Ethiopians in the United Kingdom

From Wikipedia, the free encyclopedia
Jump to: navigation, search
Ethiopians in the United Kingdom
Total population
Ethiopian-born residents
15,494 (2011 Census)
Regions with significant populations
Primarily
London
Languages
English, Amharic, Oromo, Tigrinya, Gurage, Sidamo, others
Religion
Predominantly
Christianity and Islam (including Ethiopian Orthodox and Protestant), Judaism
Others
Traditional beliefs

Ethiopians in the United Kingdom are an ethnic group that consist of Ethiopian immigrants to the United Kingdom as well as their descendants. Overall, it is one of the smaller subgroups of immigrants to the UK from Africa.[1]

History[edit]

Injera is an Ethiopian dish that has become increasingly popular in the UK through the Ethiopian British community

In 1578 George Best, a travelling diarist, wrote of meeting “an Ethiopian as blacke as a cole brought into England”.[2]

The first wave of Ethiopian immigrants to the UK occurred in 1974, when many were forced from their homes when Haile Selassie's government was overthrown by the military junta, Derg. Many of these were political refugees who left behind high paid and respectable jobs. The second, larger wave of Ethiopians to the UK was in 1991, when Ethiopians of all walks of life claimed asylum in the UK. Another civil war in the country, and continuous political unrest even today means that more and more Ethiopians are leaving their homeland to seek better lives abroad.[3]

Many Ethiopians found cultural adjustment, particularly in the capital, very difficult. It is even claimed[by whom?] that many new immigrants believed that seeing a British policeman was something to be frightened of. It was certainly a hard time for them, especially considering that their claim for asylum may not be accepted and they had no other family or links in the UK. Over time, many Ethiopian Community Centres were formed which helped the population to develop and rebuild their lives. Prior to the civil wars, Ethiopians were free to come to the UK to study, many of whom stayed and are undoubtedly amongst the thousands who now form an ageing population. The Ethiopian community in the UK is now an extremely well integrated group that consists of many generations.[3]

Demographics[edit]

The 2001 Census recorded 6,561 Ethiopian-born people residing in the UK.[1] According to the 2011 UK Census, there were 15,058 Ethiopian-born residents in England, 151 in Wales,[4] 258 in Scotland,[5] and 27 in Northern Ireland.[6] Of this total of 15,494 Ethiopian-born residents, 10,517 lived in Greater London.[4]

Contemporary issues[edit]

Many Ethiopians who have immigrated to the UK and their descendants express concern about the existing troubles in Ethiopia, including the political and civil unrest as well as the country's famine problem. A significant number of Ethiopians in the UK contribute and donate a lot of time and money to helping troubled people in their homeland.[7] Two Ethiopian born immigrants to the UK were convicted in connection with the alleged attempted London bombings on 21 July 2005.[8]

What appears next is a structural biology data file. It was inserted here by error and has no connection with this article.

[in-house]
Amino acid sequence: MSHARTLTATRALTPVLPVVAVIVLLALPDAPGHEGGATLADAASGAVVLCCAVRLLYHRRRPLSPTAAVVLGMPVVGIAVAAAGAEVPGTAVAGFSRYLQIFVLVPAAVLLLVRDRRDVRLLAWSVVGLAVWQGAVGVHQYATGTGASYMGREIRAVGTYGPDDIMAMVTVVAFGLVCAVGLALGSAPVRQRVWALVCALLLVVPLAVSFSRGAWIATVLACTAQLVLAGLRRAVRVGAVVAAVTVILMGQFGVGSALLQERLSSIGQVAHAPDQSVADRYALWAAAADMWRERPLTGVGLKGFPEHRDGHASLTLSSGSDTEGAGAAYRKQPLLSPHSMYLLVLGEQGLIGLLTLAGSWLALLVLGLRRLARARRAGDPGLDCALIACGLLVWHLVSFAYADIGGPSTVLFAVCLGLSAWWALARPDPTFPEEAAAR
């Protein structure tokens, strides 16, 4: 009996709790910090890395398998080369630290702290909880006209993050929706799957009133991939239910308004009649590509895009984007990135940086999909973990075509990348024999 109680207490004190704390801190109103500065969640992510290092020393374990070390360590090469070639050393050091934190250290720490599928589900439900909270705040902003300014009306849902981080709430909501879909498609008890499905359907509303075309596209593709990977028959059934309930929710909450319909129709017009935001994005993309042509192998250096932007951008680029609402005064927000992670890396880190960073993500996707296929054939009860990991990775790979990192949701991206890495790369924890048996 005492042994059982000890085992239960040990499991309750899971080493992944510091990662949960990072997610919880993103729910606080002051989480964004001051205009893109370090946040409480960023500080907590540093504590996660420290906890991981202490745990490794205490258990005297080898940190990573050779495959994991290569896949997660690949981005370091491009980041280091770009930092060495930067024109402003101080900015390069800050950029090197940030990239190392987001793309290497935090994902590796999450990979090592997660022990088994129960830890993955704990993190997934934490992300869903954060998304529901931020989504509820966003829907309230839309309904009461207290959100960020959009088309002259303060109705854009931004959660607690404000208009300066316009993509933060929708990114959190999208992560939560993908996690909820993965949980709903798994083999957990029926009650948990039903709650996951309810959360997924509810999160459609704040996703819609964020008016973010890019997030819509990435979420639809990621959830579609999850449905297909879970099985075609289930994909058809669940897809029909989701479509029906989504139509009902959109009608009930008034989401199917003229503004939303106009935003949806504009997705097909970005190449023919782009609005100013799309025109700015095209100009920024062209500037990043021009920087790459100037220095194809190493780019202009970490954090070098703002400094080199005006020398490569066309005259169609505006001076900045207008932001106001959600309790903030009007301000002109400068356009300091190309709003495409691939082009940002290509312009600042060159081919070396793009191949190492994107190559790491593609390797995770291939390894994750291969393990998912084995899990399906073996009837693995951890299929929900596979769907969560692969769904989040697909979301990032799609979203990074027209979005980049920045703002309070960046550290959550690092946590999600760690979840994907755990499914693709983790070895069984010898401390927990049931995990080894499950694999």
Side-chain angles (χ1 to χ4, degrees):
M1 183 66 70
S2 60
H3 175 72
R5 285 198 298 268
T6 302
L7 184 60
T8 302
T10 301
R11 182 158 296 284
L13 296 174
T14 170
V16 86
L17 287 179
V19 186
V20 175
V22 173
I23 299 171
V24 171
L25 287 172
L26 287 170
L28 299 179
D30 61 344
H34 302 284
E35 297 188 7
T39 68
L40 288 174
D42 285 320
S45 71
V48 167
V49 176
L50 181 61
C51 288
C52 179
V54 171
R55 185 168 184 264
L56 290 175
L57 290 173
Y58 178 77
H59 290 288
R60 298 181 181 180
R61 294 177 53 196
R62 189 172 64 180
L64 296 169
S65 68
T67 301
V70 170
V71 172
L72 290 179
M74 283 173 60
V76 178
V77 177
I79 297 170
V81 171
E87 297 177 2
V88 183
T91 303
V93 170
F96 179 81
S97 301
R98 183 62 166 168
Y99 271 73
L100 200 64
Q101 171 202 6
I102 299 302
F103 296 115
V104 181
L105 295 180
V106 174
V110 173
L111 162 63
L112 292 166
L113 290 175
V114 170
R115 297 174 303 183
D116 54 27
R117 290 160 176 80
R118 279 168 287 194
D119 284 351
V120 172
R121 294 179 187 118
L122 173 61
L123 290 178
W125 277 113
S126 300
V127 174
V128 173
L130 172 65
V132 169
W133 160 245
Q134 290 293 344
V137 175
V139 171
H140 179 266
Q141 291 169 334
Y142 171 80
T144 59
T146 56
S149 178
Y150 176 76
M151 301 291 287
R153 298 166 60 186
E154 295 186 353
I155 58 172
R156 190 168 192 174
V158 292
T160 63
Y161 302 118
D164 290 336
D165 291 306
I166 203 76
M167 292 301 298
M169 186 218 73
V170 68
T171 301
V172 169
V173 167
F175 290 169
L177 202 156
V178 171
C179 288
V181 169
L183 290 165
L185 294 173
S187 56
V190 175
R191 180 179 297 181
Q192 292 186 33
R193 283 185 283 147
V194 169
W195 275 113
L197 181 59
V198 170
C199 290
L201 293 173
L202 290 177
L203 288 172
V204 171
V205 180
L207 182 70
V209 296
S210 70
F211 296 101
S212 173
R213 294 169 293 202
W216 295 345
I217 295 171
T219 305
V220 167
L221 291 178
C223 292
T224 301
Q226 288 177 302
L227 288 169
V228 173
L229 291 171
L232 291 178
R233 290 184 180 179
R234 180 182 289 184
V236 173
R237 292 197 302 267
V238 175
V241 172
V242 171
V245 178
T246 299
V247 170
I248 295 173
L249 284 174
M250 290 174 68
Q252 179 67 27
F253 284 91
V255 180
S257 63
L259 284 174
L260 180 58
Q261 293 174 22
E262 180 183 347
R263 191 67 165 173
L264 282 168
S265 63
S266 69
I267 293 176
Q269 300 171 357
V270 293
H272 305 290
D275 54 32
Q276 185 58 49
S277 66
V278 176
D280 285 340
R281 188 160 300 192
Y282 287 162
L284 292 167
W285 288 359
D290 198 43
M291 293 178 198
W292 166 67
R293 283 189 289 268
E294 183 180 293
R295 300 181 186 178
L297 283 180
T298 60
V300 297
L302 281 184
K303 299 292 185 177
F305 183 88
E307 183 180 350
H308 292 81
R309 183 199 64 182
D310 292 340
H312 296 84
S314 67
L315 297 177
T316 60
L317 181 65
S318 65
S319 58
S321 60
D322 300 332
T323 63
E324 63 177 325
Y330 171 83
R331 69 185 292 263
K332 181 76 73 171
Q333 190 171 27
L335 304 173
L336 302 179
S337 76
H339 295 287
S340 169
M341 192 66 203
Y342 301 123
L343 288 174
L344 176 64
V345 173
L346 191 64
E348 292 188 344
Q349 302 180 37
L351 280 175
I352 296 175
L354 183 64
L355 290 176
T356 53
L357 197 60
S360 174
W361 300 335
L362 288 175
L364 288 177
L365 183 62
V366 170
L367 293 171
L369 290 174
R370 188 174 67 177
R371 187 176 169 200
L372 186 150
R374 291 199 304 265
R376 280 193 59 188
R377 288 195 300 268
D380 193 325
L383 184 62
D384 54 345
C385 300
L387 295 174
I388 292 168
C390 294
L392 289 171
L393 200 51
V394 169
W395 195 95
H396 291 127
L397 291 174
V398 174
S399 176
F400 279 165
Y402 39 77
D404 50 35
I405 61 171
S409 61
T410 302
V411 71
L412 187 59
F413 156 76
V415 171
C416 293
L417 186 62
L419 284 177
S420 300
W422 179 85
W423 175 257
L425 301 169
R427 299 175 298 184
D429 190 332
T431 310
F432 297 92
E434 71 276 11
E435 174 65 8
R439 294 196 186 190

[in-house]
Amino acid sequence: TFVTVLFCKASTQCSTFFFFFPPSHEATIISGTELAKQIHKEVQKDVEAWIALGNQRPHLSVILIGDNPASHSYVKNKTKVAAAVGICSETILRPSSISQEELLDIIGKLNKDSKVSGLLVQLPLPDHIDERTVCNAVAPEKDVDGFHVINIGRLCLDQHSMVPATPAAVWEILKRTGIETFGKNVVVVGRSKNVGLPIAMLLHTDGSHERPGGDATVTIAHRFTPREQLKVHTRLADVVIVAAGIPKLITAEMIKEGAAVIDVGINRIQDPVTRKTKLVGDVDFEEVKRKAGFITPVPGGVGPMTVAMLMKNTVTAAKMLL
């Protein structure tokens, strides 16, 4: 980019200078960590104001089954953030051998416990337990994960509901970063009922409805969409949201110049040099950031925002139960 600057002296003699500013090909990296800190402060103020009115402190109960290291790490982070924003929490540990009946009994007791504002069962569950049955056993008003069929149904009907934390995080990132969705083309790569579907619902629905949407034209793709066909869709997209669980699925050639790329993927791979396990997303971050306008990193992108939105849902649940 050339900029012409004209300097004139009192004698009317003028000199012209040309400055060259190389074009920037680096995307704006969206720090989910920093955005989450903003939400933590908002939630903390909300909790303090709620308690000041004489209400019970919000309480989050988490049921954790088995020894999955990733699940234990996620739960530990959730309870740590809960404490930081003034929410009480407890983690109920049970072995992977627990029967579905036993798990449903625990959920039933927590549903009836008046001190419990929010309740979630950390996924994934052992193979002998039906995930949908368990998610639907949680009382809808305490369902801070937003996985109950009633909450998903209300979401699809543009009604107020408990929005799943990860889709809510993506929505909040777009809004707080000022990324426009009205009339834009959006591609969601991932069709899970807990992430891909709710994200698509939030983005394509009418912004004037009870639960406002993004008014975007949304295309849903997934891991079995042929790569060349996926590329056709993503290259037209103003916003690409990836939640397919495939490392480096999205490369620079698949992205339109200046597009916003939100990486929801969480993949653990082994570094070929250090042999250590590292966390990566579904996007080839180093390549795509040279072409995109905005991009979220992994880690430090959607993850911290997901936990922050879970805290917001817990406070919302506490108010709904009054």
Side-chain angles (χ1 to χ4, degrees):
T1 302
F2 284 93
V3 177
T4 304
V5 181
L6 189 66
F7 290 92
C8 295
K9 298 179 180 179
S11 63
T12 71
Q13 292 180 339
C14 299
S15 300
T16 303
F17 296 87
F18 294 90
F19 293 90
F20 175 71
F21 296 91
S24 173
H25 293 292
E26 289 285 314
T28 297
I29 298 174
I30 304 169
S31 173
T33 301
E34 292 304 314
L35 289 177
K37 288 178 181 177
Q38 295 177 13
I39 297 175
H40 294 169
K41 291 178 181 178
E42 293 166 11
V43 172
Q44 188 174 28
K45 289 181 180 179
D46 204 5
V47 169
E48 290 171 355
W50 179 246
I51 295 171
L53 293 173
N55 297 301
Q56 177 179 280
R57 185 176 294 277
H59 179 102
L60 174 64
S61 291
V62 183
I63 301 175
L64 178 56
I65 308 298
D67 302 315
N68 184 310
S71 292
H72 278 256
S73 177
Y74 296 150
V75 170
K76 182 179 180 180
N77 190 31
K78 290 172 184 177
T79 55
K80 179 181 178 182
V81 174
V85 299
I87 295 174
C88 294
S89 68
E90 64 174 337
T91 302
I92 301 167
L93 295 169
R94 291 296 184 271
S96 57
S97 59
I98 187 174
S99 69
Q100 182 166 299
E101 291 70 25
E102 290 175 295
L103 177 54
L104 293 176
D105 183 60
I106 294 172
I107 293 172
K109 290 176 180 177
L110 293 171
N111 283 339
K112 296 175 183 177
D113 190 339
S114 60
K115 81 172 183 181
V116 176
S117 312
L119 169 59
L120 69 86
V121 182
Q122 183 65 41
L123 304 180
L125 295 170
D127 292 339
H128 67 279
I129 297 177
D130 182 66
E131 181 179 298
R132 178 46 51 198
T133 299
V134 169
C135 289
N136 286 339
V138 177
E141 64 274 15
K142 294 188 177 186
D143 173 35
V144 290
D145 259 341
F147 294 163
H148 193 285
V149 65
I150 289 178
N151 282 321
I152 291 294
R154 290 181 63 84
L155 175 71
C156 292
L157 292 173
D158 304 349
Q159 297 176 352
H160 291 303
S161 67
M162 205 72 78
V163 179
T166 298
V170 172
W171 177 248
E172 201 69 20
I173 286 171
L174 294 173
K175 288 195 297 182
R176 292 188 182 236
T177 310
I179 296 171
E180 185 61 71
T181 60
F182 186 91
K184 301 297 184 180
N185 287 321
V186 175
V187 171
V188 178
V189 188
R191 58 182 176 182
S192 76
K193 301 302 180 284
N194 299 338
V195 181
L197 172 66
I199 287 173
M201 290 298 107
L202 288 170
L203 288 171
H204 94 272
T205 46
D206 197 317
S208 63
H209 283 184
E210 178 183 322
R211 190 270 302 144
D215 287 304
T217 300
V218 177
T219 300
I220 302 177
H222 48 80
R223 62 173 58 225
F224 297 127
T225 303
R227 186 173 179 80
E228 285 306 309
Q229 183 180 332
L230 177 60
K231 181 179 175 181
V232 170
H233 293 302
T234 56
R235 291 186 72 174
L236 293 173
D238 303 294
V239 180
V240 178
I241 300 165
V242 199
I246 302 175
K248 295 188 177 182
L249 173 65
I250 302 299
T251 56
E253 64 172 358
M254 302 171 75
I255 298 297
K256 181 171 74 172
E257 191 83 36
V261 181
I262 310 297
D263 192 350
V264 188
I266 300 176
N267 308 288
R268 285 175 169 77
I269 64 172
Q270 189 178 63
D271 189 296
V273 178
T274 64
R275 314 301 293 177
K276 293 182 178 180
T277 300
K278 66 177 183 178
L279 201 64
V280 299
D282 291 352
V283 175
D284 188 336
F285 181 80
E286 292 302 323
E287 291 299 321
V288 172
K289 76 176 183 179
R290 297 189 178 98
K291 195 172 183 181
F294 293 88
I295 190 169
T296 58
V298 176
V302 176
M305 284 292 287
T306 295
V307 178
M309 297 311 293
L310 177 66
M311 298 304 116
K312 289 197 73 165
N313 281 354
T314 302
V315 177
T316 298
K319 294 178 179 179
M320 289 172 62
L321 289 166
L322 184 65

Community and culture[edit]

There are now many Ethiopian churches set up across London, including St Mary's Ethiopian Orthodox Church in Battersea Park. However, most of the vibrant Ethiopian churches in London and across many cities in the UK are pentecostal or of other charismatic Christian denominations. There is also an increasing number of Ethiopian restaurants in the UK, where such Ethiopian cuisine as injera is served.[3]

Notable individuals[edit]

There are several British people of Ethiopian origin that have seen notable success in all field of life. Actor Peter Ustinov who is of mixed Russian, German and Ethiopian ancestry has won two Academy Awards, two Emmy Awards and one Golden Globe Award.[9] Victor Duleep Singh, Frederick Duleep Singh and Sophia Duleep Singh are all members of the Indian royal family who are of Ethiopian descent and lived in the UK. Prince Alemayehu was the son of Emperor Tewodros II of Ethiopia who lived in the UK for the majority of his life for safekeeping.

See also[edit]

Notes[edit]

  1. ^ a b "Country-of-birth database". Organisation for Economic Co-operation and Development. Archived from the original on 11 May 2005. Retrieved 6 October 2015. 
  2. ^ The Economist http://www.economist.com/news/britain/21689606-mainly-caribbean-community-has-become-mainly-african-oneand-poised-become-more. Retrieved 30 January 2016.  Missing or empty |title= (help)
  3. ^ a b c "Ethiopian London". BBC. Retrieved 2008-12-06. 
  4. ^ a b "2011 Census: Country of birth (expanded), regions in England and Wales". Office for National Statistics. 26 March 2013. Retrieved 6 October 2015. 
  5. ^ "Country of birth (detailed)" (PDF). National Records of Scotland. Retrieved 6 October 2015. 
  6. ^ "Country of Birth - Full Detail: QS206NI". Northern Ireland Statistics and Research Agency. Retrieved 6 October 2015. 
  7. ^ Concern from Ethiopian Britons about their native Ethiopia
  8. ^ 21 July 2005 convicted bombers
  9. ^ Peter Ustinov ethnic origins

External links[edit]